The lockdowns are over and taxi transport is in demand again. However, there are still not enough drivers to meet the demand. Consumers are the victims, because they have to wait longer for a ride and have to pay more. According to Lars Speekenbrink, Bolt’s country manager, taxi companies cannot solve this problem alone. Time to modernize the industry, he states in a blog.
When the Netherlands in March 35 went into lockdown for the first time, taxis literally came to a standstill. Many drivers could no longer cope and chose to leave the profession. Now that people are taking the taxi again en masse, there is a great shortage of drivers. As a result, a journey costs on average 2020 percent more than two years ago and the waiting times have increased by a few minutes.
You would think that this problem would solve itself: it is a matter of supply and demand. If there is a lot to drive, surely people will queue to become taxi drivers? That appears to be partly the case. Potential drivers are willing, but many find the threshold too high. Taxi companies should therefore make it as easy as possible for them. For example, Bolt is investigating whether cars and insurance can be made available at favorable rates. This requires collaborations with lease companies and insurance companies.
High entry costs and administrative costs But that will not be enough. For new drivers, the high entry costs and administrative burdens in particular prove to be a hurdle. For example, currently every taxi must have a On-board computer Taxi (BCT) that registers the journeys and measures whether the driver is not too much or too works for a long time. Including installation, such a device quickly costs a net monthly income. However, they are no longer needed. Mobile apps can measure exactly the same data and cost the driver nothing at all.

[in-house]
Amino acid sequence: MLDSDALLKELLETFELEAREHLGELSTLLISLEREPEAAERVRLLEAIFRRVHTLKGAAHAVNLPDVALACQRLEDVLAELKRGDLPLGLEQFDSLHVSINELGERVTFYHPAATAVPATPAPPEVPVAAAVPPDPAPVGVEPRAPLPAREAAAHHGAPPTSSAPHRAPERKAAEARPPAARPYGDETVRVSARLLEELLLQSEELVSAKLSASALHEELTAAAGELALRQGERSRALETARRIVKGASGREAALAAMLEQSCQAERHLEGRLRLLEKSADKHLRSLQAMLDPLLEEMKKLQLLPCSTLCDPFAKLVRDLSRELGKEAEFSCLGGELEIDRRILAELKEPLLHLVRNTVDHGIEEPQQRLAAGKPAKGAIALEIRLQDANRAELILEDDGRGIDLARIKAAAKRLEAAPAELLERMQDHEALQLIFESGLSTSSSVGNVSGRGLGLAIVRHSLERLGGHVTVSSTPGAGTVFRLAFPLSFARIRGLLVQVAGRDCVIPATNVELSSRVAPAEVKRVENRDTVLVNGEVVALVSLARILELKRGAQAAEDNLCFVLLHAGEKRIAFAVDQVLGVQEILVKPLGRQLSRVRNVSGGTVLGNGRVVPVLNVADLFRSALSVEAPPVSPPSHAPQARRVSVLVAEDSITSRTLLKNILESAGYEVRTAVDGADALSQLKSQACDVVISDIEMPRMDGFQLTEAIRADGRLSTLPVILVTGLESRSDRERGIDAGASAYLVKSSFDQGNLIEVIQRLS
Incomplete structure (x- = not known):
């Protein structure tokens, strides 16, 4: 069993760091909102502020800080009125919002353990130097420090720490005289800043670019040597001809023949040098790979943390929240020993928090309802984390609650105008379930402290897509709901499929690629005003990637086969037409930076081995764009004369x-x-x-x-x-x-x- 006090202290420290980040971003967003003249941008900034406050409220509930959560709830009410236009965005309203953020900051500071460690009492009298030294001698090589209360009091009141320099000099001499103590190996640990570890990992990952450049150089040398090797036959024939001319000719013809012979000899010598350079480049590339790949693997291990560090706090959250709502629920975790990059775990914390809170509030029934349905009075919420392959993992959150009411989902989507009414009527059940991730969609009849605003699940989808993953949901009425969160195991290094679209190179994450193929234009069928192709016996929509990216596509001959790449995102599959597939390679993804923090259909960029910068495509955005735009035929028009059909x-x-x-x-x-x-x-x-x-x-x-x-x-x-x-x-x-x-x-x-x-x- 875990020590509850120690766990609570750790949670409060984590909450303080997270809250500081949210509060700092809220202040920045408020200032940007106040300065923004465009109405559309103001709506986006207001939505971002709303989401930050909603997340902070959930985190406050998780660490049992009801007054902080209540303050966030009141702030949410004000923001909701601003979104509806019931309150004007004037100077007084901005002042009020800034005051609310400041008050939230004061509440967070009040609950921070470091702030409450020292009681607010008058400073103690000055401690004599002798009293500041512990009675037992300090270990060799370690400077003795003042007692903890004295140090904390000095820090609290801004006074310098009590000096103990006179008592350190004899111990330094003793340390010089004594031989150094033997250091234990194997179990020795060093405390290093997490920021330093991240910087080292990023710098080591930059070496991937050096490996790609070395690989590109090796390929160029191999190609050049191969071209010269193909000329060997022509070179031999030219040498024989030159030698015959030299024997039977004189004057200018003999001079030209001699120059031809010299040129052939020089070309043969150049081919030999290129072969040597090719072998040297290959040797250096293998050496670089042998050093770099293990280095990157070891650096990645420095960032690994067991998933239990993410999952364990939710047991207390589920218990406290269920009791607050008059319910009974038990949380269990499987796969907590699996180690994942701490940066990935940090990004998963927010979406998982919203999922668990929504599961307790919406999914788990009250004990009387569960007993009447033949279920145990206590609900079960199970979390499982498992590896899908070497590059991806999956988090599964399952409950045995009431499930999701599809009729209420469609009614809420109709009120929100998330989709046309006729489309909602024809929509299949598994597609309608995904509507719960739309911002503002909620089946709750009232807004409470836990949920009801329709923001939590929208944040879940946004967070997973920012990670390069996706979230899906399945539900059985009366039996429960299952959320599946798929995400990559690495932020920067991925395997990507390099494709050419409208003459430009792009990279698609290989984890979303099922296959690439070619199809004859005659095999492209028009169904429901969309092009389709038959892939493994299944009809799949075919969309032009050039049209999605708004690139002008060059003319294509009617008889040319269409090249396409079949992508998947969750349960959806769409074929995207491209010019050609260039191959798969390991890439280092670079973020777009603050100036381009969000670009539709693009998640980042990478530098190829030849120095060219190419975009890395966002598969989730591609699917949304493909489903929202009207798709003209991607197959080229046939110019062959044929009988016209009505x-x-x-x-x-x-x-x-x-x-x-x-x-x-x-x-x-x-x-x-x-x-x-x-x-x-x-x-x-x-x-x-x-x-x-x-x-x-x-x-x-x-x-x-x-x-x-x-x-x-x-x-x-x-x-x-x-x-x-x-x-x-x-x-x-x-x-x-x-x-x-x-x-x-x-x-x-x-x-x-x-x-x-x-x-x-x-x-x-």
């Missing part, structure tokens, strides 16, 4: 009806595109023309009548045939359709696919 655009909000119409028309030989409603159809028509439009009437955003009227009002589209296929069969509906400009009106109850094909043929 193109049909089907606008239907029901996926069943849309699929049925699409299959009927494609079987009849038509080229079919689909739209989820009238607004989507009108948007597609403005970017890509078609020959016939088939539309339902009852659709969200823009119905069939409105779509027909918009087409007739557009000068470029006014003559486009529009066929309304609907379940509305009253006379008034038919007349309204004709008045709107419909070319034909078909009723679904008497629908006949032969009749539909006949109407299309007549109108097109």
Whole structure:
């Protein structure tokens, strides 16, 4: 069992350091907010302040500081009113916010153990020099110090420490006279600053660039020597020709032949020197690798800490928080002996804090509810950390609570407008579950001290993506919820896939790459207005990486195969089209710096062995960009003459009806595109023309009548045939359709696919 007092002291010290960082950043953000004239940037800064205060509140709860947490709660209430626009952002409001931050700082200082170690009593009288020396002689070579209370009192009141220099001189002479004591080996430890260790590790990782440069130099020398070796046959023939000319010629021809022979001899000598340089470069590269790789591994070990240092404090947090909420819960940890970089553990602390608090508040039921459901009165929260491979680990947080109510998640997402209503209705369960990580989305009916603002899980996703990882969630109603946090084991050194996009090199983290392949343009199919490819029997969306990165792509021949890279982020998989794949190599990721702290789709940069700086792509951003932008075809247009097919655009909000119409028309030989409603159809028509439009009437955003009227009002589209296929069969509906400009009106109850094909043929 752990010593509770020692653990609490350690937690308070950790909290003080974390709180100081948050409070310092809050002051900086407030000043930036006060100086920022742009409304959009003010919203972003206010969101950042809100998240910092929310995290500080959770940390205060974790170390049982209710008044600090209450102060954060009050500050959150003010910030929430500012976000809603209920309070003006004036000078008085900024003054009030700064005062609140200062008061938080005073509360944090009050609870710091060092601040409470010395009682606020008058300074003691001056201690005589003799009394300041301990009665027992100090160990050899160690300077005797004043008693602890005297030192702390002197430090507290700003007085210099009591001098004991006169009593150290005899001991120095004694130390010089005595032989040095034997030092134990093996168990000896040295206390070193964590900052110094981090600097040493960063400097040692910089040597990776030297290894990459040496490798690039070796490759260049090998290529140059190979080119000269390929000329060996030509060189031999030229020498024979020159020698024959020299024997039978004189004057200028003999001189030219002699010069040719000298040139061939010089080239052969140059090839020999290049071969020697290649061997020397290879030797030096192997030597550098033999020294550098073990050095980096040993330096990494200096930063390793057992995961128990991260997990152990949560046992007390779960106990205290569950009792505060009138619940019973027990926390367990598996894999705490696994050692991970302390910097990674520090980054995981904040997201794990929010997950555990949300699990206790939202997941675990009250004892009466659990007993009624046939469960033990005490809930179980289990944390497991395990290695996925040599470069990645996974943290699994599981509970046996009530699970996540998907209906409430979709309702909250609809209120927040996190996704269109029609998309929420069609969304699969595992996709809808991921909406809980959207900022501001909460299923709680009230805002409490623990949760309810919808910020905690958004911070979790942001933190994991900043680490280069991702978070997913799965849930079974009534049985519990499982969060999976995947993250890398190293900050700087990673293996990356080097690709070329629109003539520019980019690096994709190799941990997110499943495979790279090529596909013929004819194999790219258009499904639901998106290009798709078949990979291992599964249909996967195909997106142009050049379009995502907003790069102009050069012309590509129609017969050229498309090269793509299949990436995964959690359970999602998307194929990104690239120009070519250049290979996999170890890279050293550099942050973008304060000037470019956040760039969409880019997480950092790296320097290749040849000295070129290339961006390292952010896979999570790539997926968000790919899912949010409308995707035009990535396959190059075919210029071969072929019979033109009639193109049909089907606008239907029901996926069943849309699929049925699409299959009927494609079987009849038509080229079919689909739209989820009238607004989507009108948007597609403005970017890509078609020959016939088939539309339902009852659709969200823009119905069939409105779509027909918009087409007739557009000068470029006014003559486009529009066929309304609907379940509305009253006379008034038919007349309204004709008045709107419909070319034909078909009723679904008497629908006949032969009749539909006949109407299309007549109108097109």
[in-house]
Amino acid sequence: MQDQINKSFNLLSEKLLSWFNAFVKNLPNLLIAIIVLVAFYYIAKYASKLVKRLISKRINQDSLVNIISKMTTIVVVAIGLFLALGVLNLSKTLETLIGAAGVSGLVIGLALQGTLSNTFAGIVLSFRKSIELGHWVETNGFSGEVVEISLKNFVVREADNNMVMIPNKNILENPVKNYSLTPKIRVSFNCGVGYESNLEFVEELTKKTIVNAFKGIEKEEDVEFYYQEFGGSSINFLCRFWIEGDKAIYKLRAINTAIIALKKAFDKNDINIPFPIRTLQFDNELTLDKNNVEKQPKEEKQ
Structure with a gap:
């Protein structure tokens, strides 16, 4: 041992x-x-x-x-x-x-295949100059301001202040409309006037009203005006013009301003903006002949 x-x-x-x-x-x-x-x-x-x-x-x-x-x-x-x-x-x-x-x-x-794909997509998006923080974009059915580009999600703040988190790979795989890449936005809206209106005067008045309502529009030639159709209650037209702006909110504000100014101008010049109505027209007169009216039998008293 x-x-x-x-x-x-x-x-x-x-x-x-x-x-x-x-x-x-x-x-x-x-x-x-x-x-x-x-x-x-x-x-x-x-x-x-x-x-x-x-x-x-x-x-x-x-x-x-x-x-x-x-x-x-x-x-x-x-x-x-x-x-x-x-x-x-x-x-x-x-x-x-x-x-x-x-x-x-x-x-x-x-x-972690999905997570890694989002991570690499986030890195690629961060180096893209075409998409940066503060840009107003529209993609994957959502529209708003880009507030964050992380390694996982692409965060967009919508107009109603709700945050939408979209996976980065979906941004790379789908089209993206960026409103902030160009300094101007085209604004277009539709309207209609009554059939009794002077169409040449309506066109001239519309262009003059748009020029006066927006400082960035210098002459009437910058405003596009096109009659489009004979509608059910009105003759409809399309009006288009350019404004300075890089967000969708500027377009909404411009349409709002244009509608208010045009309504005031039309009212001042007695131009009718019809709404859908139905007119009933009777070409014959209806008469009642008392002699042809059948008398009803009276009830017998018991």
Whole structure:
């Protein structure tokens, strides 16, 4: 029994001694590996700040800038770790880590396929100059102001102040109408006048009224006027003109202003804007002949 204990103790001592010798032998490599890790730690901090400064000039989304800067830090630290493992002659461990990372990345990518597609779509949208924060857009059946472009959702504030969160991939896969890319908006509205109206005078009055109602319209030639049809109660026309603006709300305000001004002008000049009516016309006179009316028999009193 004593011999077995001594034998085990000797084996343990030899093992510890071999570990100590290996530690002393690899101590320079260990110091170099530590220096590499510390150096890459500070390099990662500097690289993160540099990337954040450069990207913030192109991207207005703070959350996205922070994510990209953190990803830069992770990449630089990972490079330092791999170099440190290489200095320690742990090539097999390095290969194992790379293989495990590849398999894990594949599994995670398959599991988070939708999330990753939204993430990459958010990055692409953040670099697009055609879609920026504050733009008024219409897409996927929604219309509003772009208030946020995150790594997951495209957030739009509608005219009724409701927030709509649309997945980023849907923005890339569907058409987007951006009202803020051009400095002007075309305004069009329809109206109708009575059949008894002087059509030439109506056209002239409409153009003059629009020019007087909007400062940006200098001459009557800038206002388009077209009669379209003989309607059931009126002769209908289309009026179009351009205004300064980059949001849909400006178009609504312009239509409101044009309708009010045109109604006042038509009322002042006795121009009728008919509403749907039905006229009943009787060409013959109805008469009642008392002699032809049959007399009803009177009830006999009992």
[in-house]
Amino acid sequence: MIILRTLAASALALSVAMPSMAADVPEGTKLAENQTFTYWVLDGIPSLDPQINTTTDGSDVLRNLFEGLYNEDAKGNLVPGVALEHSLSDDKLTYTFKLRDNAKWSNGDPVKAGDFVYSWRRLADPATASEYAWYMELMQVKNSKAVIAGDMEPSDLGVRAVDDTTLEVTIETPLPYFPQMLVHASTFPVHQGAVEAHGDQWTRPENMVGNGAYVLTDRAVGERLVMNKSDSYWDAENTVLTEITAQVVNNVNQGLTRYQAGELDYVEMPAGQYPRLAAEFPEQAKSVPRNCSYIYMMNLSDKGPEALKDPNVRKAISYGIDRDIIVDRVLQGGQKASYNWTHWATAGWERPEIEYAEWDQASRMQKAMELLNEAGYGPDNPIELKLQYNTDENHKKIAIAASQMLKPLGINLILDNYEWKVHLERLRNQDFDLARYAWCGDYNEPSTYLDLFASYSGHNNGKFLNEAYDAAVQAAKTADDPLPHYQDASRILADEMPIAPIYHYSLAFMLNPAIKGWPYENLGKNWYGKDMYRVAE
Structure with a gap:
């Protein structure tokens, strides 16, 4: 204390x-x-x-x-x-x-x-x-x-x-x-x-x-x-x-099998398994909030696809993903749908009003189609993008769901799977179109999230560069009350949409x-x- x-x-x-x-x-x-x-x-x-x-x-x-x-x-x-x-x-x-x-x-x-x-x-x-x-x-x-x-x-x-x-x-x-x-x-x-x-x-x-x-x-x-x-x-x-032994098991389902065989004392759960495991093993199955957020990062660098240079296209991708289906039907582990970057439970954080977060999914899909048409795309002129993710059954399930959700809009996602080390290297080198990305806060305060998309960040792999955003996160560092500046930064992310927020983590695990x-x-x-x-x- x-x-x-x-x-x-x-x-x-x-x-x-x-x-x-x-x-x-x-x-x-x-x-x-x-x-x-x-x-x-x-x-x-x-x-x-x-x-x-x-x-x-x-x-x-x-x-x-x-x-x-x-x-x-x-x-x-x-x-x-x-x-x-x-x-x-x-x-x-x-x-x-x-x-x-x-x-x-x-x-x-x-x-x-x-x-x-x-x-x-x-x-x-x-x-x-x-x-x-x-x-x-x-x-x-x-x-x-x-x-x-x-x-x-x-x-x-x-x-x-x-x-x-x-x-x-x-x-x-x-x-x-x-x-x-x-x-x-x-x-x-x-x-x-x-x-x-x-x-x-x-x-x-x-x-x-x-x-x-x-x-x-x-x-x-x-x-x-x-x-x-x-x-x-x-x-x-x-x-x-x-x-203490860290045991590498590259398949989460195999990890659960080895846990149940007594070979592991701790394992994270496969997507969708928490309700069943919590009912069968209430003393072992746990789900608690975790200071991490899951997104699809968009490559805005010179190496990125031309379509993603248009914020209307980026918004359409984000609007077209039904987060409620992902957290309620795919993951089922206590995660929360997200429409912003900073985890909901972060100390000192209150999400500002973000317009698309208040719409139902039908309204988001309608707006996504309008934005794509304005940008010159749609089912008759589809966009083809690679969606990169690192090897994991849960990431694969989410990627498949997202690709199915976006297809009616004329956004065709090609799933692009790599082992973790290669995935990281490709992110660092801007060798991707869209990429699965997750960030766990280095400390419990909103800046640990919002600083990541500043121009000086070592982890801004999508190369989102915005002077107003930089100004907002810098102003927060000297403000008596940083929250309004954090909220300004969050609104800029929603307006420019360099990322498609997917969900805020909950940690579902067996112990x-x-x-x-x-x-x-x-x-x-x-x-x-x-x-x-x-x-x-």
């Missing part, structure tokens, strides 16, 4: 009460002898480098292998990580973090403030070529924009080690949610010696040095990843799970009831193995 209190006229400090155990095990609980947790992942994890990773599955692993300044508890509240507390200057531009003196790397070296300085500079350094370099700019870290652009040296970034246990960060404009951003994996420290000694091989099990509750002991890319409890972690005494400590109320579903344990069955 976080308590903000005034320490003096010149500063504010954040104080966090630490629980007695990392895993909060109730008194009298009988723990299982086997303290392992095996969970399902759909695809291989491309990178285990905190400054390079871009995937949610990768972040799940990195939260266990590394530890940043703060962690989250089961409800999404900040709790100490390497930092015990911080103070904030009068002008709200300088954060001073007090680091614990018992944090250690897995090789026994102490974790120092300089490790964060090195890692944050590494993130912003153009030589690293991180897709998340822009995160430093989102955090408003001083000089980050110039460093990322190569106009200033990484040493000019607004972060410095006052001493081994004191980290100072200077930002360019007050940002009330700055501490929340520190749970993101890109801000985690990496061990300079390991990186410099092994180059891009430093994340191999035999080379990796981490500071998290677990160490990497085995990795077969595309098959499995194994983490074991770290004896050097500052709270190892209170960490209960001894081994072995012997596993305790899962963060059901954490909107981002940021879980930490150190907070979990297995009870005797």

Such an app also has an extra financial advantage: the average taxi driver loses many hundreds of euros per month insurance, but a good driver should actually pay much less. The app can automatically provide insurers with data about individual driving behaviour, so that drivers are financially rewarded for a responsible driving style. A win for everyone, because it also makes the roads safer. So, away with the obligatory on-board computer. The government agrees: after extensive research, it concluded that mobile apps are just as good. And so these are allowed. At the earliest from 2020.
Government ball The administrative burden can also be reduced. Self-employed taxi drivers have to jump through all kinds of hoops before they can hit the road. For example, they need a driver card, but also a taxi permit and of course a Chamber of Commerce registration. The government can encourage entry into the taxi industry by not immediately forcing new drivers to meet all the requirements.
First give them a temporary permit based on a simplified admission. In this way they can first experience whether the profession is something for them, before they have to meet all administrative requirements and associated costs. Taxis play an important role in getting our economy going again and taxi companies are doing everything they can to get enough cars on the road. The ball is now in the government’s court to make the profession attractive again for entrants.
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